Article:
Posts tagged with "AIANY":

Archtober Building of the Day 6> Weiss/Manfredi and ARO at the Brooklyn Botanic Garden

Brooklyn Botanic Garden Entry Building, Arch, and Steinberg Visitor Center 990 Washington Avenue, Brooklyn  WEISS/MANFREDI, Architecture Research Office With blue skies overhead and abundant sunshine, it was the perfect day to funnel from Brooklyn's clamorous urban streetscape into the transportative, protected landscapes of the Brooklyn Botanic Garden. On this double-header Building of Day tour, Archtober-ites explored the threshold from the city grid into the meandering, arboreal pathways at the garden, as experienced in two new entrance pavilions designed by WEISS/MANFREDI and ARO. The tour began at the northern entrance of the Brooklyn Botanic Garden, where WEISS/MANFREDI’s Steinberg Visitor Center pulls visitors in off of the busy Washington Avenue. Bound on one end by a gently curving glass wall that suggests the S-shape of the building, WEISS/MANFREDI’s visitor center at once announces itself as an architectural presence on the street, but also diminishes its imposition on the landscape in deference to the gardens that lay behind it. Guides Paul Duston-Munoz and Evelyn Rosado from WEISS/MANFREDI described this delicate balance between presence and deference that dictated the siting and form of the visitor center. The building, which houses a ticket counter, visitor information services, gift shop, offices, and an event space, is clad in a glass curtain wall with an exterior glass trellis. As you walk through the space, natural light falls in a rhythmic pattern through the trellis, echoing the experience of light filtering through an arbor of trees. The architects conceived of an S-shape for the building, emulating the existing meandering pathways of the gardens and allowing for a separation between the public entry portal in front and the event space in back. The event space—the largest two-walled room in New York—is encased by the trellised-glass curtain wall on one end, overlooking the Japanese Garden, opposite a wood-paneled wall, partially constructed from the three Gingko trees that had to be removed from the site. The S-shape of the building also means that the entire structure would not be visible from any one vantage point, so as not to overwhelm the garden setting. Atop the visitor center, a green roof planted with tall, flowering grasses in varying heights and shades of green provides a harmonious bridge between the architectural threshold and the verdant landscape beyond. On the southern end of the Brooklyn Botanic Garden, ARO designed a new ticketing and bathroom facility to reactivate an underutilized access point to the gardens. Kai Pedersen of ARO, explained how the siting of the new pavilion was meant to act as both a barrier between the noisy intersection just beyond the garden, and as a welcoming invitation to the community to enter the gardens.   The slender brick building topped with a geometric zinc roof and a cantilevered awning is in dialogue with a historic Beaux-Arts archway entrance designed by McKim, Mead, & White from the 1920s, which ARO is in the process of restoring. ARO’s new entrance building has bold architectural elements, while maintaining deference to both the botanic setting and the historic context. The new building uses brick patterning inspired by McKim, Mead, & White’s arch. Pedersen described the infrared film inserted into the layered glass that partially visible to the human eye, but clearly visible to birds, intended to protect avian visitors to the gardens. The two new entryways to the Brooklyn Botanic Garden provided seamless transitions between the urban context and the calming respite of  the diverse flora housed in the gardens. Alex Tell is the committee's coordinator for the AIANY | Center for Architecture.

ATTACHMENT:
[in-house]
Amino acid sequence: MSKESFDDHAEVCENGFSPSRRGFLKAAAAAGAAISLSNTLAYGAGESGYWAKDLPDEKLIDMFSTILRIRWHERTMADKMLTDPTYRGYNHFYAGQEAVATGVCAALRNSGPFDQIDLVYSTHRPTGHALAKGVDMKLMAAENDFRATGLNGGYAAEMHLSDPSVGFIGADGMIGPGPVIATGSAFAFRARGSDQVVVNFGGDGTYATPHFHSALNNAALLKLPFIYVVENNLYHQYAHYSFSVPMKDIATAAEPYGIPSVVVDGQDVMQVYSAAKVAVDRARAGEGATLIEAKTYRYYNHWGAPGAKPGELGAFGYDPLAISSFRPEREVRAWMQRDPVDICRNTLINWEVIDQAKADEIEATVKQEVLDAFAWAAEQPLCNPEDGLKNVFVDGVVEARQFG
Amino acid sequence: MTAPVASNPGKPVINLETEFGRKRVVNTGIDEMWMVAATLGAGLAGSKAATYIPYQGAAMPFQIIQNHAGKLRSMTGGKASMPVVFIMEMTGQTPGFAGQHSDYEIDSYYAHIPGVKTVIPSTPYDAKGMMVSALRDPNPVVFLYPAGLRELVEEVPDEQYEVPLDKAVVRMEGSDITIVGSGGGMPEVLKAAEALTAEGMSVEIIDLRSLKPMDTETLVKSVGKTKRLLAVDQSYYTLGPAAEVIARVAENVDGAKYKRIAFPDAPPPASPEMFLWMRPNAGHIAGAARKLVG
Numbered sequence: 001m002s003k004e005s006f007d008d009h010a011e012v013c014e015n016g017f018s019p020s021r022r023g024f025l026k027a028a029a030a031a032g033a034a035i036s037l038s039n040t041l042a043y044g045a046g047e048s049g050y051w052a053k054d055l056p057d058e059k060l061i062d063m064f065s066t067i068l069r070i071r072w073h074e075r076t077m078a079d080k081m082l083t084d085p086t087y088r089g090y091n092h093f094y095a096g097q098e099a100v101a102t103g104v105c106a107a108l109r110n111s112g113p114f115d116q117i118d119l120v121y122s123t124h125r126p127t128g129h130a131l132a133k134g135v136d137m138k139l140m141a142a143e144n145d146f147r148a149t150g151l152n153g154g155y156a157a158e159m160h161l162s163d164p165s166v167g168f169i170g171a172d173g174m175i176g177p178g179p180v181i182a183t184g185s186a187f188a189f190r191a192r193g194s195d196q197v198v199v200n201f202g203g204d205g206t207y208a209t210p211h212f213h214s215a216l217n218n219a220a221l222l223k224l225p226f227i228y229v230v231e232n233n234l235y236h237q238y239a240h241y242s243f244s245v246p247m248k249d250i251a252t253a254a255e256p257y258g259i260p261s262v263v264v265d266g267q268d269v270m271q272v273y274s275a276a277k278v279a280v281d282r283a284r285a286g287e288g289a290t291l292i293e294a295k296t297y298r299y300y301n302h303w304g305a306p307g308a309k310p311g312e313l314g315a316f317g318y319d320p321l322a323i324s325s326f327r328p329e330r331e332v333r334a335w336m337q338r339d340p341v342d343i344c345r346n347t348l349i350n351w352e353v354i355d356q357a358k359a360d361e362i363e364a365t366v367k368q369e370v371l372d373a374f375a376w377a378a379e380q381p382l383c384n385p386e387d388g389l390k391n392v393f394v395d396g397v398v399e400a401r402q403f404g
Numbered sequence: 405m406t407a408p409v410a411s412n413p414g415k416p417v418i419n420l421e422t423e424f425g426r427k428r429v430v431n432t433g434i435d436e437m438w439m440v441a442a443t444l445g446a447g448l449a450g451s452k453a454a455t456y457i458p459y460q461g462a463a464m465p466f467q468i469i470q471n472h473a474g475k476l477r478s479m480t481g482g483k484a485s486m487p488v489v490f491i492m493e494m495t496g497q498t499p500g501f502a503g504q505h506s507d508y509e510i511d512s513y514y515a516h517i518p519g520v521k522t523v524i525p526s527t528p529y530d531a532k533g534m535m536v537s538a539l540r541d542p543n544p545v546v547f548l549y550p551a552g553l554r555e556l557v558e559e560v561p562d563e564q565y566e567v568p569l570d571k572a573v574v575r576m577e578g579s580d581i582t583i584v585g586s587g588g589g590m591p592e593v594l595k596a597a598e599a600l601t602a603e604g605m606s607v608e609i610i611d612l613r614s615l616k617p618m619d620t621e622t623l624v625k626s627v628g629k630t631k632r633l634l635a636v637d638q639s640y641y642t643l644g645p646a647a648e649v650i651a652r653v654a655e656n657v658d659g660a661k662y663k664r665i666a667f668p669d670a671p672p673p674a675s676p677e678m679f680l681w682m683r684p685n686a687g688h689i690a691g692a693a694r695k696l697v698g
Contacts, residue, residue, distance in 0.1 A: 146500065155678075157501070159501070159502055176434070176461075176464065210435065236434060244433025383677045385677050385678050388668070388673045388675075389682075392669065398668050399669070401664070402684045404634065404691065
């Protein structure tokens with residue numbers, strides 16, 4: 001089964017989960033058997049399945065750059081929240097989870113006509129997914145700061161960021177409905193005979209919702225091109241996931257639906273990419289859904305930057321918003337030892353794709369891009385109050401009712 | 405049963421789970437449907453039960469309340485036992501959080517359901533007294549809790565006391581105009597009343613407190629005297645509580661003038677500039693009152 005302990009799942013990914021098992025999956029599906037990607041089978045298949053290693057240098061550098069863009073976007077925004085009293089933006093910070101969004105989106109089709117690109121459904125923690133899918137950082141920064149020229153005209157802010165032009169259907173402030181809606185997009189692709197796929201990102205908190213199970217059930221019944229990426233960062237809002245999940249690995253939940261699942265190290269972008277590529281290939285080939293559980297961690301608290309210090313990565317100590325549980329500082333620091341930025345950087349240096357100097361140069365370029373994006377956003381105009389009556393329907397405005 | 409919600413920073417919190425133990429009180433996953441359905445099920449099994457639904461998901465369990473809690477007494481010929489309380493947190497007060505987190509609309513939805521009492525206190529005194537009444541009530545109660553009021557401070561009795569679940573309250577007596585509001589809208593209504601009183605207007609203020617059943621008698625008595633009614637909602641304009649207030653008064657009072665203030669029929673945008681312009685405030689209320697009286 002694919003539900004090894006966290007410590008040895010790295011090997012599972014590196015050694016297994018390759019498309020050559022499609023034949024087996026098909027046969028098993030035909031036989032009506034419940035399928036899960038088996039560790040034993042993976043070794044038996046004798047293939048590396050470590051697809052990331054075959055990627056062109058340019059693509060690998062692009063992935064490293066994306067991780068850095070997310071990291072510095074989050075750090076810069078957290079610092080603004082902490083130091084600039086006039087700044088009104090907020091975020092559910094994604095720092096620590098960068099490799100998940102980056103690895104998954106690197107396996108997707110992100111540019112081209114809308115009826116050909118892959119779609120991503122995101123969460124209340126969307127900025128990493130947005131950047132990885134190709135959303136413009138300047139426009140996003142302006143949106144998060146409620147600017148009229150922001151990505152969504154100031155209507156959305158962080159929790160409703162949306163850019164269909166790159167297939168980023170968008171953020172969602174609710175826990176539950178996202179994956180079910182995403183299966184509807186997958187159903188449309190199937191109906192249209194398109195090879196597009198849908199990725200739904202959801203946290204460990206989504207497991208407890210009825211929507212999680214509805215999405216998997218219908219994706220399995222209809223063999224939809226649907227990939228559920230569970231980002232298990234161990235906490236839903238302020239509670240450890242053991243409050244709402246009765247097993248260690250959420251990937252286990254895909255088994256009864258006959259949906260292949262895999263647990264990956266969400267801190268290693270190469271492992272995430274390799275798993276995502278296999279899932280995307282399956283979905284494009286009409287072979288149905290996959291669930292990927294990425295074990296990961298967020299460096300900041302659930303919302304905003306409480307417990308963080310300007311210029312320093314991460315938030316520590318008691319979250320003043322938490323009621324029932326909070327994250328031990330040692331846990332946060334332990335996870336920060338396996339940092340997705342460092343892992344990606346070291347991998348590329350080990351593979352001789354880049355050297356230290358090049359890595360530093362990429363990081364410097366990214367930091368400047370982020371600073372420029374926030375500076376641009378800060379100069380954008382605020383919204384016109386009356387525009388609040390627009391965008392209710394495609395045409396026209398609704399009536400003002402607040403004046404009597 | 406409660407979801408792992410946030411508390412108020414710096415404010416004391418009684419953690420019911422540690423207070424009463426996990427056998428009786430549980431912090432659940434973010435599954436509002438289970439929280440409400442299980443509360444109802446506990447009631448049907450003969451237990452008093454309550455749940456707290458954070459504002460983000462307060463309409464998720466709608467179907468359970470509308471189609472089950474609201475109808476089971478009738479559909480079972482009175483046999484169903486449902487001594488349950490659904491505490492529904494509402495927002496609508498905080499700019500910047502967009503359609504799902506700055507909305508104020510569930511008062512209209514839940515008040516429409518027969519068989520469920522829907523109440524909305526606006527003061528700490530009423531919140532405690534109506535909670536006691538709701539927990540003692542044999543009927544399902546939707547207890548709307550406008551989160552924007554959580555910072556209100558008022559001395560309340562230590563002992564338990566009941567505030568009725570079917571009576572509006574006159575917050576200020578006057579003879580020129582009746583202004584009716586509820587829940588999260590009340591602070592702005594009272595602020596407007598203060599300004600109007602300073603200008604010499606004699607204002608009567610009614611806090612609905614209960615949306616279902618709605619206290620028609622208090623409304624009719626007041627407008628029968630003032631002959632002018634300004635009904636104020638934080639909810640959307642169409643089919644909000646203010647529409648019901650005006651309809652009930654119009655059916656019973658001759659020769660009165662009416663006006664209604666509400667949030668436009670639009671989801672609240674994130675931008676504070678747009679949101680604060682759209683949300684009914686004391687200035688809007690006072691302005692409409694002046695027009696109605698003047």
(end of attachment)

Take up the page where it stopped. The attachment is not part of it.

Wednesday> AIANY’s Global Dialogues tackles New York City’s affordable housing problem